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This is a really sad case.

A case that demonstrates in the most convincing manner the difficulties in changing the political class – and society as a whole, of Greece.

John Kotter, a guru on attitudinal change in managers, writes: people do not change one minute before being forced to change – usually the catalyst is when you hit bottom…”

Rena Dourou was elected Attica regional Governor this year representing SYRIZA, theoretically a “progressive” party.

Dorou has decided – listen, listen – to prohibit the relevant services of the Region of Attica from contributing in any way to evaluating the credentials or performance of civil servants calling it “detrimental to the proper functioning of the government and its services to the citizens.”

I understand what you are thinking. I do not believe it. Trust me. It is a fact.

Here is my question: Is there any organization, from elementary school up to PhD programs, from a small business to a multinational corporation, from a small municipality to a large state, which does not assess people who are under their responsibility?

How else can a school decide who will graduate? How can a business manager determine who will or will not be promoted without evaluations? Even just talking about this is absurd.

The mere fact that there are young people in positions of responsibility who oppose this indicates how much work remains to be done so that Greece can go forward.

Forget Merkel and the euro. The problem is withing the walls of Athens. Dourou is certainly not stupid. She knew very well why she borrowed language from the Communist “Oath of the Mountain” when she was sworn into office.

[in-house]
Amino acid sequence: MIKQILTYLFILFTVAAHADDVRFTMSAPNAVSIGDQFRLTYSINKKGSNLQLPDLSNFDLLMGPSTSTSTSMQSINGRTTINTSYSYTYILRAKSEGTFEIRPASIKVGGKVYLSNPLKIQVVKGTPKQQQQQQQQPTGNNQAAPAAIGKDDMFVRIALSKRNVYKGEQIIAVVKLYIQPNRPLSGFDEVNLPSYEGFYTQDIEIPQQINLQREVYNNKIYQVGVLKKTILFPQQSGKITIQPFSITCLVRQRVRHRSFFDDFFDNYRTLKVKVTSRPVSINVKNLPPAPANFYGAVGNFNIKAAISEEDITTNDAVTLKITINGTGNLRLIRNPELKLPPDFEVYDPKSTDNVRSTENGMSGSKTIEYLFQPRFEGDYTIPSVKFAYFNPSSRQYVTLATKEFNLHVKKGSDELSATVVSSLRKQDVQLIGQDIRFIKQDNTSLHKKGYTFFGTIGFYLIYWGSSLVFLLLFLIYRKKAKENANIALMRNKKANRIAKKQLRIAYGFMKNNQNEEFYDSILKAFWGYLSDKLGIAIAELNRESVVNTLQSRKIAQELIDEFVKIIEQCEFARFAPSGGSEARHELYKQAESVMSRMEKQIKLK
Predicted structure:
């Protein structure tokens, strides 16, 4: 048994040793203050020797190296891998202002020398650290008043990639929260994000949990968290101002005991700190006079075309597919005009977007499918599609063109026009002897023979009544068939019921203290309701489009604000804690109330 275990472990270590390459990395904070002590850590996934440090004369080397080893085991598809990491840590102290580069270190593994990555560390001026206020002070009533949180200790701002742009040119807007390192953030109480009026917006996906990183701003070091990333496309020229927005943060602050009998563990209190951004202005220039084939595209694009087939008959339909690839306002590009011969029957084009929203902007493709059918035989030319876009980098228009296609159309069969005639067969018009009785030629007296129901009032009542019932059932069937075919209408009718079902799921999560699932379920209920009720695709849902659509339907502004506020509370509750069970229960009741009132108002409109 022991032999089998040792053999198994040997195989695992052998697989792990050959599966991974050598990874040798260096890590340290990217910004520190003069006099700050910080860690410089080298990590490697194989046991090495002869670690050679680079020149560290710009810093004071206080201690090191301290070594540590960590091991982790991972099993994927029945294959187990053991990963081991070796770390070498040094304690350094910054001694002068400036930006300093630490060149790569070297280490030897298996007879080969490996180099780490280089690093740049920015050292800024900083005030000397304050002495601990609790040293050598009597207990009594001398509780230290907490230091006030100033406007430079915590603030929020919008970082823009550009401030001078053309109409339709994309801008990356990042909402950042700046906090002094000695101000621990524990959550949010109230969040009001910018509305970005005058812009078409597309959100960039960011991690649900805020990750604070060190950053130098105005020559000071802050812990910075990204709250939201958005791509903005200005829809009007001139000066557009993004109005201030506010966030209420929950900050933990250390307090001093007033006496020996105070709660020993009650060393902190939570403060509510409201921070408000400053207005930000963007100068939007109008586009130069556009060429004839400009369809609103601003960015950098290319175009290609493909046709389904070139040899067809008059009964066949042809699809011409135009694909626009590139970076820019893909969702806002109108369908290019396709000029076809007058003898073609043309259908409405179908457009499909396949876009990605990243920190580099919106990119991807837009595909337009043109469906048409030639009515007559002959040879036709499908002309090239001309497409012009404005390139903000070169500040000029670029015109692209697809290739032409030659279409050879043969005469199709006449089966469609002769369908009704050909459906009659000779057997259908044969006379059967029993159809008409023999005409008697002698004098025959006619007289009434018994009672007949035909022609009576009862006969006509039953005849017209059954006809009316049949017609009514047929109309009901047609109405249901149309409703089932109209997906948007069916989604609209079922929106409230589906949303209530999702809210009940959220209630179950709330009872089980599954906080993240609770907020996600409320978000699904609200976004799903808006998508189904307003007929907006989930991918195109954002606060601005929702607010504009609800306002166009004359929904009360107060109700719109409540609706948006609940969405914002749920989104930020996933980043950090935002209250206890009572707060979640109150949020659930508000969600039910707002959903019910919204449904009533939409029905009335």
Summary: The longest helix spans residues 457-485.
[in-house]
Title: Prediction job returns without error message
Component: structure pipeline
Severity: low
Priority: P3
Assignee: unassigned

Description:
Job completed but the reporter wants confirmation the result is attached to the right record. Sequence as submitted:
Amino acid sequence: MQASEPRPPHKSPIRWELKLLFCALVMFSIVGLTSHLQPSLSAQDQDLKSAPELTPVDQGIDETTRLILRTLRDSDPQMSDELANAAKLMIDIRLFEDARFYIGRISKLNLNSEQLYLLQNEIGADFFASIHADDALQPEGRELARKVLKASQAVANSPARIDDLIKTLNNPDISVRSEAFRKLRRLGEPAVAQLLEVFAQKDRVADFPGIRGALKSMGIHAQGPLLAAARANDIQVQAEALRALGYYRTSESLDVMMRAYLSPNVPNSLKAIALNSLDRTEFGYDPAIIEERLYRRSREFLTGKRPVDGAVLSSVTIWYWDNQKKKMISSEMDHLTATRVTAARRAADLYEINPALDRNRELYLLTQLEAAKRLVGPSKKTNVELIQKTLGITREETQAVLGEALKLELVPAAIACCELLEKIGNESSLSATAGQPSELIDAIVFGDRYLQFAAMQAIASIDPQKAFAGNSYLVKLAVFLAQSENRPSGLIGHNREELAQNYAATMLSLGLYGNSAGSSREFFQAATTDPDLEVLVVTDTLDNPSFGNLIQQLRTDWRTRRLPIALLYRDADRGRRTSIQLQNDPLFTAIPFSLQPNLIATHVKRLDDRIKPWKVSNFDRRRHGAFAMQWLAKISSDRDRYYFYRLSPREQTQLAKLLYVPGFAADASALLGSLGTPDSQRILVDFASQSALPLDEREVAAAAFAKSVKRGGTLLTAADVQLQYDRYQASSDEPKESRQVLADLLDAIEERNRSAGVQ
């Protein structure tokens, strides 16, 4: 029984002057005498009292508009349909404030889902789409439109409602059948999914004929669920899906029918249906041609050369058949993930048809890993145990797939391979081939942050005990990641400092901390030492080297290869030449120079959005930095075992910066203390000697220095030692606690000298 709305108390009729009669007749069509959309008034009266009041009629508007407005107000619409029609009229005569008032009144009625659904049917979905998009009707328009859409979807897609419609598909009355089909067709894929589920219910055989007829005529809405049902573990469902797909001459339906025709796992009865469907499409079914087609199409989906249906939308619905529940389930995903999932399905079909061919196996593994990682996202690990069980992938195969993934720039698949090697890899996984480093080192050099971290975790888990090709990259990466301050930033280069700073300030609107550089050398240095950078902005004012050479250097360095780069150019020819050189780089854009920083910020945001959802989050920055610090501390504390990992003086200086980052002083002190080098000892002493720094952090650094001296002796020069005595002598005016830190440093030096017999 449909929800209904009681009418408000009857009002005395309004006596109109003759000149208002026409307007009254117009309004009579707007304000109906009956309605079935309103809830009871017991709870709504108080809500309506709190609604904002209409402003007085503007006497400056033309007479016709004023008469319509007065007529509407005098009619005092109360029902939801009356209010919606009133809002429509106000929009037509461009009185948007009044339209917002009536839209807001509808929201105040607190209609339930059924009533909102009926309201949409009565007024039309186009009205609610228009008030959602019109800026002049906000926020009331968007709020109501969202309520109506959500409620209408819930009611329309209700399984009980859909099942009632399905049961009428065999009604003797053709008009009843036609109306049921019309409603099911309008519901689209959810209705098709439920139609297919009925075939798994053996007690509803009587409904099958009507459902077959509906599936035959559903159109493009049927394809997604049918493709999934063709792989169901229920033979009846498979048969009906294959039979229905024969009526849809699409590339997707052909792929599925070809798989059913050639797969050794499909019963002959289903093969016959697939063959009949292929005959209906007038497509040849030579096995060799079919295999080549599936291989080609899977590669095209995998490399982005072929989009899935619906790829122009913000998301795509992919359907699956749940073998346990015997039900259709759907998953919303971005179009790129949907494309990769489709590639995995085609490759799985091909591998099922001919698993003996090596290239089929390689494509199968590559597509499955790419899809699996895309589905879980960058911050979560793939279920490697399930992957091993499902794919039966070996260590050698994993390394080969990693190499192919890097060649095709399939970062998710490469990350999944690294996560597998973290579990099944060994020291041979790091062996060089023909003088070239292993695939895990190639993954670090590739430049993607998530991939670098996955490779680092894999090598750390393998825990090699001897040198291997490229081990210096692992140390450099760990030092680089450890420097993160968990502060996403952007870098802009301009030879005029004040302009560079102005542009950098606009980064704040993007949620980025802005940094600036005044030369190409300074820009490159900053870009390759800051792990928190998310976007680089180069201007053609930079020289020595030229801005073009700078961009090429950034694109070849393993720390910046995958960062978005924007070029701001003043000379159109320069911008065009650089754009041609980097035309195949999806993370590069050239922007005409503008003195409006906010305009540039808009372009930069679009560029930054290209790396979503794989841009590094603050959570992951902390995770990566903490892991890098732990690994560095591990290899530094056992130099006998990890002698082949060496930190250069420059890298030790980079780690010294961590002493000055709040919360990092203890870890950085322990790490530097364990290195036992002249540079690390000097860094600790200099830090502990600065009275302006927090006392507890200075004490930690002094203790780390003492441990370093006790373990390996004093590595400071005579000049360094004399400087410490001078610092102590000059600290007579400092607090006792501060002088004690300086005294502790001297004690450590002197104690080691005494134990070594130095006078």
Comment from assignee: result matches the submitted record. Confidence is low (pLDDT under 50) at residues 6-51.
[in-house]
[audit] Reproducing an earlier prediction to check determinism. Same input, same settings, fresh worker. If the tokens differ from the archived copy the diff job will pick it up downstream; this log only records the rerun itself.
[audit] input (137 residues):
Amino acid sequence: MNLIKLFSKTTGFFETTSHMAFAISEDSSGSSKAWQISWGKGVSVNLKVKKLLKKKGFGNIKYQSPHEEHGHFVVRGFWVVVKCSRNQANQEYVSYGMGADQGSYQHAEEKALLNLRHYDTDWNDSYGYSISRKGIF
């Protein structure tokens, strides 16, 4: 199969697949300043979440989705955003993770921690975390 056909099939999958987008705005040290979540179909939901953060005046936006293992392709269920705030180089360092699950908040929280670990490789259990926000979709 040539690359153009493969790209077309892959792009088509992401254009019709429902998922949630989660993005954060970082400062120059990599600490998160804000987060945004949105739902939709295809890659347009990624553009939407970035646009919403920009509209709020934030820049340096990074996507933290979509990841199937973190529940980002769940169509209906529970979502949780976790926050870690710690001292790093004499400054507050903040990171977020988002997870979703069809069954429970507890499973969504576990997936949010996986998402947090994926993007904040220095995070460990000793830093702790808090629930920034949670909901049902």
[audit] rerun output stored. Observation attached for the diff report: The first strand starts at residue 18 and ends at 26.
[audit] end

And she knows very well why she is pretending to be a patron of the “proper functioning of the government and its services to the citizens.”

She has taken a page from the PASOK guidebook of the 1980s: the worse the government, the more problems a government causes to the people, so much the better for her and SYRIZA.

But she is obviously not aware that Greece is in 2014, not 1981, when Andreas Papandreou took over.

How much worse do they want things to get? How will they govern if they come to power?

Through the gloom of this sad story shines a ray of light: Another young man, Kyriakos Mitsotakis, Minister of Administrative Reform and e-Governance, is determined to implement the law.

To do the obvious. To join and win the battle for the present and the future of the country.

That is the kind of dynamism the country needs. If a critical mass of like-minded determined citizens and ministers emerges, an avalanche will follow that will change the country.

This is the sure road that leads to dignity, to development.

The other road, Dourou’s road, leads with certainty to life under memoranda without end.

The post Greece’s Battle For The Present, Future appeared first on The National Herald.

Source: The National Herald
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